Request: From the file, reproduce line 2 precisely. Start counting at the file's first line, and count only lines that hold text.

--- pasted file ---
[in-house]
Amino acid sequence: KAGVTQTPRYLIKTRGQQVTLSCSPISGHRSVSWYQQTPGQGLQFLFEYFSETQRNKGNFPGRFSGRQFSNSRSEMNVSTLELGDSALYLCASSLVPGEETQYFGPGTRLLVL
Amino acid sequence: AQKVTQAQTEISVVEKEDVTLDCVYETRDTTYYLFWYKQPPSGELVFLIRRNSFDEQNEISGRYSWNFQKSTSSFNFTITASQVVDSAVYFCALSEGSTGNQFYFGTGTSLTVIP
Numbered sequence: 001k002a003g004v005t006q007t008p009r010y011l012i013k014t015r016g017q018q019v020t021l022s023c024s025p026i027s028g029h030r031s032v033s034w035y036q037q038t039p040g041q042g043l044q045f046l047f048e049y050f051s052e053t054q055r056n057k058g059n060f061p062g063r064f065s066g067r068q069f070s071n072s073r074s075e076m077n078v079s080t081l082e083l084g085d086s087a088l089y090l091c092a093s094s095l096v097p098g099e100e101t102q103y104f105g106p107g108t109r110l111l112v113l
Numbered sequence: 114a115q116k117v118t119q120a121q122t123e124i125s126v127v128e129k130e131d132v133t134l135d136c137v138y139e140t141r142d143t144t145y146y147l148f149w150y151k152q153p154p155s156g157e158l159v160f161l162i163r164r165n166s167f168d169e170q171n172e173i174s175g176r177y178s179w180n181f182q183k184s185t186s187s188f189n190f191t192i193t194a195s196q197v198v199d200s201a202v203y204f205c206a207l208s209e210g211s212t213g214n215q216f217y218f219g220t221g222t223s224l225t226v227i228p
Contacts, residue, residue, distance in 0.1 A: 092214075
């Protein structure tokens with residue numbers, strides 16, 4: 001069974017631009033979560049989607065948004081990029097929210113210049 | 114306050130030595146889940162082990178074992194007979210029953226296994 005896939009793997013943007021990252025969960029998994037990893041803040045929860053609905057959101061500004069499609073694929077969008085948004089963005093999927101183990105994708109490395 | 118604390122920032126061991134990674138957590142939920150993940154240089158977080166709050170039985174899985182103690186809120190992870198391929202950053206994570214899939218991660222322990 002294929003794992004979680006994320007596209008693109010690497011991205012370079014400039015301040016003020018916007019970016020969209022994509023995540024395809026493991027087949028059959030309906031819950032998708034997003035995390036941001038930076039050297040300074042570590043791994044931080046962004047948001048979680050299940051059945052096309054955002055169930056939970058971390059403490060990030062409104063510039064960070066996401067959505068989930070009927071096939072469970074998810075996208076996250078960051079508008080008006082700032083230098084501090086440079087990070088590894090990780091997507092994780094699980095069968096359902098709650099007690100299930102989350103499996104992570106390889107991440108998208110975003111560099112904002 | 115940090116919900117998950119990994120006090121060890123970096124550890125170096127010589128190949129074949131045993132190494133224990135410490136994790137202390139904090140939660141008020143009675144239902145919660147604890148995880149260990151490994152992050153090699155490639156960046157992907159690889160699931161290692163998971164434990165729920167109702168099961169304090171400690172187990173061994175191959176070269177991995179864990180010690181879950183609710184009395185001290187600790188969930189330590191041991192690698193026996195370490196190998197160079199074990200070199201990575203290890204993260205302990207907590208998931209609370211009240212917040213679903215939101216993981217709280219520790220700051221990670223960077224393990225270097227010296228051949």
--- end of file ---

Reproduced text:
Amino acid sequence: KAGVTQTPRYLIKTRGQQVTLSCSPISGHRSVSWYQQTPGQGLQFLFEYFSETQRNKGNFPGRFSGRQFSNSRSEMNVSTLELGDSALYLCASSLVPGEETQYFGPGTRLLVL